As we saw in my previous article on sensor technology, we can now build sensors with enormous numbers attached to them - if not trivially, at least reliably. Given that current 4K sensors are more than adequate to replace 35mm film in terms of sheer resolution, we need to be careful about turning this into a numbers game.
If you use a professional digital camera, you can't go far without understanding the relationship between sensors, lenses and depth of field. It's slightly more complicated than you might have thought!. Phil Rhodes makes it understandable
Recently I've been expressing the view that all cameras are pretty much the same, because they all use the similar technology (give or take) for their sensors. I don't mean to be unnecessarily cruel about the work of camera manufacturers – taking an electronic component such as an imaging sensor and making it into a usable tool is far from trivial. Still, the absolute performance of cameras is determined by what you can get off the lump of silicon behind the lens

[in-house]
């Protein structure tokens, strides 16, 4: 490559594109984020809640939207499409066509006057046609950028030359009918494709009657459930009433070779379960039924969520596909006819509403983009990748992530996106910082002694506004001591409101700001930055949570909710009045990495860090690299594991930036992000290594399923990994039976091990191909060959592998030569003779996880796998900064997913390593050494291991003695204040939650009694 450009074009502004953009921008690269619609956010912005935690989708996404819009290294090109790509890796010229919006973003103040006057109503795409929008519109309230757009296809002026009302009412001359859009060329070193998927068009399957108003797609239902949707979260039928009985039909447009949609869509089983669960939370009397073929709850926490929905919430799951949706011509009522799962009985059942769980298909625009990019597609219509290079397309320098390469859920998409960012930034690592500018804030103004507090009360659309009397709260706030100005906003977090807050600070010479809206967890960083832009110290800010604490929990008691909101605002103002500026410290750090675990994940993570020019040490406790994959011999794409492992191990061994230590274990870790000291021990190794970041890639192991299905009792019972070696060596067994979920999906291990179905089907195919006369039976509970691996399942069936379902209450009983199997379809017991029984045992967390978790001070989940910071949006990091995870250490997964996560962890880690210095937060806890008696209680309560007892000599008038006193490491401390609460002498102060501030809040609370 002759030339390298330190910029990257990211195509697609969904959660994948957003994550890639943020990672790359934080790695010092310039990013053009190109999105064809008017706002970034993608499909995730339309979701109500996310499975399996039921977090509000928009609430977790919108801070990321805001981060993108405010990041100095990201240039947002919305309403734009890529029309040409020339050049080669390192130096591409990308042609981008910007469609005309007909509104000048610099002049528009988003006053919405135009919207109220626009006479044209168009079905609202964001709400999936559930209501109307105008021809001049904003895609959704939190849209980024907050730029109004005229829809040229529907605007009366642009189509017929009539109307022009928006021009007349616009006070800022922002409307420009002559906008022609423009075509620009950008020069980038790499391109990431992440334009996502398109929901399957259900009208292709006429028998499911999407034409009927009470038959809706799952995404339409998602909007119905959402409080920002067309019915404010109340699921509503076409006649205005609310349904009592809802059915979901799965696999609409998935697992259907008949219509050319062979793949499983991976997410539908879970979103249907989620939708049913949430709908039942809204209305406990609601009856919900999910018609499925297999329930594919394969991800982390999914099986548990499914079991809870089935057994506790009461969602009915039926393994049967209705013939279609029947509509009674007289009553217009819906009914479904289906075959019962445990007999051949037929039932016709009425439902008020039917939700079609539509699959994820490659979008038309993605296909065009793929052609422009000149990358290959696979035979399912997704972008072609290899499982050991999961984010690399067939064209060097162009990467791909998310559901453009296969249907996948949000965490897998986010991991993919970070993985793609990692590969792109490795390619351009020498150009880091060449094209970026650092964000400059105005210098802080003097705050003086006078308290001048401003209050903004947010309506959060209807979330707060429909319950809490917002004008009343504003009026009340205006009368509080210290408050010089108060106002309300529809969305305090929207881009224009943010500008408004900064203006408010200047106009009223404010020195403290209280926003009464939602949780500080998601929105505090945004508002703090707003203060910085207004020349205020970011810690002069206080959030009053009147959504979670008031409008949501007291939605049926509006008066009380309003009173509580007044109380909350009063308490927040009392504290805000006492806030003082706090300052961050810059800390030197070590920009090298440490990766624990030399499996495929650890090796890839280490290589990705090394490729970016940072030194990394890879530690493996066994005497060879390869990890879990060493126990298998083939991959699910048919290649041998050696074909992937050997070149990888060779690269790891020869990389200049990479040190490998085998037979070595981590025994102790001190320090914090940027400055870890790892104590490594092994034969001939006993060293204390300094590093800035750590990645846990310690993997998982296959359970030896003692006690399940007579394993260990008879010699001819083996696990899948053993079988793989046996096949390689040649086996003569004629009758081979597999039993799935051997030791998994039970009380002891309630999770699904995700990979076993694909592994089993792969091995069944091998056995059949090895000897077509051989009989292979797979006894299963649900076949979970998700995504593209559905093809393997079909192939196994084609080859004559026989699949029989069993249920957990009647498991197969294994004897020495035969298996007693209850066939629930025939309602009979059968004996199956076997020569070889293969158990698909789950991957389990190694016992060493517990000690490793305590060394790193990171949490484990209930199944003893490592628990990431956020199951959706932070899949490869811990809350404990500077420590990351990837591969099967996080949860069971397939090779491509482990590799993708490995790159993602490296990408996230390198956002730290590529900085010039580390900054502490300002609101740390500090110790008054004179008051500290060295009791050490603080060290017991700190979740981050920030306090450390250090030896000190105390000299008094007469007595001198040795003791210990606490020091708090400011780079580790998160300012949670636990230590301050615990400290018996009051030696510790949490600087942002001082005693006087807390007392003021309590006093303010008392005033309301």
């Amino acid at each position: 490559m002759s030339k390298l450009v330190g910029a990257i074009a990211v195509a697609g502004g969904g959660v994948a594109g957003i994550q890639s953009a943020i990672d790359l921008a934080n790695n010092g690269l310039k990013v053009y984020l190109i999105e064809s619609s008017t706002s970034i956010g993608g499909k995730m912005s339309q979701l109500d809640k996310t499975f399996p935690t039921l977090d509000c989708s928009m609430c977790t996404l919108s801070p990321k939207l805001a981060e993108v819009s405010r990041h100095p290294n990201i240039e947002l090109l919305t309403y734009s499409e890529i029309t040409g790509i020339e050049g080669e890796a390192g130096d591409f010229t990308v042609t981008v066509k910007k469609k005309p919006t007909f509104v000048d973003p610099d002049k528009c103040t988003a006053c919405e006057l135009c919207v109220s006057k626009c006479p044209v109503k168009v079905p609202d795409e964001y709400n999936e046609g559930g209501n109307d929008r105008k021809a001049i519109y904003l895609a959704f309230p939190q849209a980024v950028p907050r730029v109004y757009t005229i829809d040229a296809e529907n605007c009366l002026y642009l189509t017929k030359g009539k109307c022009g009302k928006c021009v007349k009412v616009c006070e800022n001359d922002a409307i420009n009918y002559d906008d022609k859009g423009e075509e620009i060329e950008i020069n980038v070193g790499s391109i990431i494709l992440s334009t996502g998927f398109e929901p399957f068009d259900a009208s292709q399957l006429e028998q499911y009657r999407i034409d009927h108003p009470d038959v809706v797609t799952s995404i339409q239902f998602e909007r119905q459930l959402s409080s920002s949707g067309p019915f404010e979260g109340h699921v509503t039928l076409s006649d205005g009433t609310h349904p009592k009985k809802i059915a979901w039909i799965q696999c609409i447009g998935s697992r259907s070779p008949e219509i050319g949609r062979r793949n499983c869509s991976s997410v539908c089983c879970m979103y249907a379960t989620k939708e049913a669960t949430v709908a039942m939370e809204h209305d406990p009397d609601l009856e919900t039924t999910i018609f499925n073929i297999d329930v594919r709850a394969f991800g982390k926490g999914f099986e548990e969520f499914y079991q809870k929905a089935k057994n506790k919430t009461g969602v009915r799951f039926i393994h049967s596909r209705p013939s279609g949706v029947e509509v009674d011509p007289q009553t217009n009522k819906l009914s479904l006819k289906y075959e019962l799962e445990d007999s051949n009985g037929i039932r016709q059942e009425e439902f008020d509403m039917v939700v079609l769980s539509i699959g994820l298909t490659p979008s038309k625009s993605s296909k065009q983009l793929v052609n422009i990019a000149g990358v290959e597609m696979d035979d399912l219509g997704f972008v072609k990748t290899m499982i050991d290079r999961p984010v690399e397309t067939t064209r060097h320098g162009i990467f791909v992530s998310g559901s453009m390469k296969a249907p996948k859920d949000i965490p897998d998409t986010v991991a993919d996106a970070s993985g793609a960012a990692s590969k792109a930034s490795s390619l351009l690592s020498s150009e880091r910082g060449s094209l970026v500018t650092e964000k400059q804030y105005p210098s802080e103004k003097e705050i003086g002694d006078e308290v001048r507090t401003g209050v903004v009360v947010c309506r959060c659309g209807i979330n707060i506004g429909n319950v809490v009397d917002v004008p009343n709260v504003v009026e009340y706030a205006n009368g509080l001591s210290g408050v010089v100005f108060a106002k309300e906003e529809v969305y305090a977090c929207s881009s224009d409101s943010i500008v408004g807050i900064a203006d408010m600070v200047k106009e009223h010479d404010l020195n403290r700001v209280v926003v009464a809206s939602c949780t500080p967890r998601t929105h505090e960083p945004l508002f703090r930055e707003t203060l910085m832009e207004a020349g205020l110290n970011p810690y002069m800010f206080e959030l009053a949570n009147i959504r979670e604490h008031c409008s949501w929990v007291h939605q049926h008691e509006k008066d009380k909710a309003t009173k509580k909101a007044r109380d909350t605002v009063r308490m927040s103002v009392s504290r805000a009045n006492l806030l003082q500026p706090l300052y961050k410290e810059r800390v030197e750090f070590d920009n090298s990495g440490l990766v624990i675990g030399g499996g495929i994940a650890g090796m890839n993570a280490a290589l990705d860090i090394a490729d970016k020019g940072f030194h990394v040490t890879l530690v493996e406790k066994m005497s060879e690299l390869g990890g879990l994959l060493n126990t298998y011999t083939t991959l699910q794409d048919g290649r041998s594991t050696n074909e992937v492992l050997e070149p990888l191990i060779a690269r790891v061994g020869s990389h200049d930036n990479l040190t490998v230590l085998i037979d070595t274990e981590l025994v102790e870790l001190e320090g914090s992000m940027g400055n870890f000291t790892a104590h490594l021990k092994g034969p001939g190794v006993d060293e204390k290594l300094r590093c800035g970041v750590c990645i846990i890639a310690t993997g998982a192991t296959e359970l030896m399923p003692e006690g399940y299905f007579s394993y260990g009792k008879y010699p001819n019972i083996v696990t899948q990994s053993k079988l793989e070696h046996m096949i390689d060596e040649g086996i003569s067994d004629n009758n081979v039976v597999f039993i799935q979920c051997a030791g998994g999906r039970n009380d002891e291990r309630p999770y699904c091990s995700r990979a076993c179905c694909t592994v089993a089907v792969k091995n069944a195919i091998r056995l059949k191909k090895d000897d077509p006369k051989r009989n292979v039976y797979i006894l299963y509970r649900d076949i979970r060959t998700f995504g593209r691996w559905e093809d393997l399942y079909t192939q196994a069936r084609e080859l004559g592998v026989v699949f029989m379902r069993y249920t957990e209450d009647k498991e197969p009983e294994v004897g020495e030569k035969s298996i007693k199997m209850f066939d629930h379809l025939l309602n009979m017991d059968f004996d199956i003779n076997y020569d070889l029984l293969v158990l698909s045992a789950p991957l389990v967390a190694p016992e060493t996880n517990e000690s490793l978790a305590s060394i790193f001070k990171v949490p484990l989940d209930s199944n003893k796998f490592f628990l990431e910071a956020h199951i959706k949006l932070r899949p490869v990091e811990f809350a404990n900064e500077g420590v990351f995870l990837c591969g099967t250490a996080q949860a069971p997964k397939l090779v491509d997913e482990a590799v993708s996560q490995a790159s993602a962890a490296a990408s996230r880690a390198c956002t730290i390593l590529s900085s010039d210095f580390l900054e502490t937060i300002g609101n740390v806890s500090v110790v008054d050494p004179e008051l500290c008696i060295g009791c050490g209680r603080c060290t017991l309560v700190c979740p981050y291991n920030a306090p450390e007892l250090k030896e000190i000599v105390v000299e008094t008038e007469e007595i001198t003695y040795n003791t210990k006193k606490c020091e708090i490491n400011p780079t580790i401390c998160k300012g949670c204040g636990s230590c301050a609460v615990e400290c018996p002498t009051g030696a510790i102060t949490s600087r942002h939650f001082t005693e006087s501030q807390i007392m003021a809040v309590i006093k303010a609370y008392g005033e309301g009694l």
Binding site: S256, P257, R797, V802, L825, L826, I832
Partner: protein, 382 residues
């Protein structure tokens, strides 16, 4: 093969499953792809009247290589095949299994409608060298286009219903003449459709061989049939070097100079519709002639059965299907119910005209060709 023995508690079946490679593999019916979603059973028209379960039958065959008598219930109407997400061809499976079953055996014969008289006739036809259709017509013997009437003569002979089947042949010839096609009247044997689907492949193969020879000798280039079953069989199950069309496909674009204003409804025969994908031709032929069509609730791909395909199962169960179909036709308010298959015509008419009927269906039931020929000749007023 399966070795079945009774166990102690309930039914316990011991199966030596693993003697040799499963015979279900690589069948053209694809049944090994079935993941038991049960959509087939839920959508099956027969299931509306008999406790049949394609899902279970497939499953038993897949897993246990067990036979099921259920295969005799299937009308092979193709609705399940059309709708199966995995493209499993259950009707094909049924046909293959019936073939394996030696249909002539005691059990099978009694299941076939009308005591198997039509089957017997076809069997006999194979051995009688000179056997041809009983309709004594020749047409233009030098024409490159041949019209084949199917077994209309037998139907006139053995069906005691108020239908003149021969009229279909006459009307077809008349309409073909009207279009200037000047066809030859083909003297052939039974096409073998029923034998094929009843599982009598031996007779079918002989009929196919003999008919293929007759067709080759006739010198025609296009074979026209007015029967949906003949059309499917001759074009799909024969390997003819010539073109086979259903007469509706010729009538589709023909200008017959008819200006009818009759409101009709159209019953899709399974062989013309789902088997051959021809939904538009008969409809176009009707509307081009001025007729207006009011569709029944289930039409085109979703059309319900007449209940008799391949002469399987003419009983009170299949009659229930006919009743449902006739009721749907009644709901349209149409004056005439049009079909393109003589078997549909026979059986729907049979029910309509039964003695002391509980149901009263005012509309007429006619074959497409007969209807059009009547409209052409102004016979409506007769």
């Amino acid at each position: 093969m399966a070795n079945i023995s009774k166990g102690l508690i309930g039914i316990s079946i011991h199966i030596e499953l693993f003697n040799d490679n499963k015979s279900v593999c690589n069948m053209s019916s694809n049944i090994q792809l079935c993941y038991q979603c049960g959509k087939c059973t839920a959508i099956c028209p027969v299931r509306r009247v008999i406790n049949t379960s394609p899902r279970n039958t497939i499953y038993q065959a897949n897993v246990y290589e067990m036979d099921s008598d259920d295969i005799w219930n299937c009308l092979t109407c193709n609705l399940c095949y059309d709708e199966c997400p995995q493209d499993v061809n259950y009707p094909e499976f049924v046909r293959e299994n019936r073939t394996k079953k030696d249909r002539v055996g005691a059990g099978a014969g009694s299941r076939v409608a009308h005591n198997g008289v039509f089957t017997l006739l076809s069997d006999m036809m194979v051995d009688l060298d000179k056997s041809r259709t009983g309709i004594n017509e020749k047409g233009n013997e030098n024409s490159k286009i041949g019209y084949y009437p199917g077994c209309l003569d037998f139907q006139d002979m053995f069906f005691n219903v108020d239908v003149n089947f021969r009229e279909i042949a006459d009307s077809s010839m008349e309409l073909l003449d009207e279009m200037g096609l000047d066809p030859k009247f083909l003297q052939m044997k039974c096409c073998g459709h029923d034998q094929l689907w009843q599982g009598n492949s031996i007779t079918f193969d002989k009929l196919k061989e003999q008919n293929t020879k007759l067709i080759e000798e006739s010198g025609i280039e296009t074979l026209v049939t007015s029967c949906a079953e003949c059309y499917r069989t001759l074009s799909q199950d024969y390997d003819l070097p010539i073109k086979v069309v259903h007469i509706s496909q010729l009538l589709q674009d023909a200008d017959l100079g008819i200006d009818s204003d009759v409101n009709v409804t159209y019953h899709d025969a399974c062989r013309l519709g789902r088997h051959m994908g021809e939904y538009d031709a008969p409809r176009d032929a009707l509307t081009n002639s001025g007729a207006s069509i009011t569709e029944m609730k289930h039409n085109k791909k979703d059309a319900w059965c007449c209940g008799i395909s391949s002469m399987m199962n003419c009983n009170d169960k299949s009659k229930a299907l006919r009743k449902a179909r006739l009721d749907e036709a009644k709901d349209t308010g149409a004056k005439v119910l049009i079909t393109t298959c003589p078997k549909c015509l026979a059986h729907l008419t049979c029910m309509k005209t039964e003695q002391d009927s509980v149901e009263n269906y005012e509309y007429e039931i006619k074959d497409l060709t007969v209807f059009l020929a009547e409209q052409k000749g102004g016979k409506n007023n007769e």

Canon is one of the relatively few manufacturers that develops its own sensors. This means that they're in a great position to create new sensors with new capabilities, and that's just what they've done with their new 35mm Full Frame CMOS sensor for video capture
RED and, say, Sony are diametrically different in so many ways, and perhaps no more so than in the way that the EPIC manufacturer absolutely loves to let information about new products seep from every pore
You may have heard that one of the top camera manufacturers is taking legal action against another for alleged patent infringement. This is news, but there's very little point in speculating about the outcome at this stage. Only a select group of people working for those companies will have access to evidence that proves the rights or wrongs of the case. We certainly don't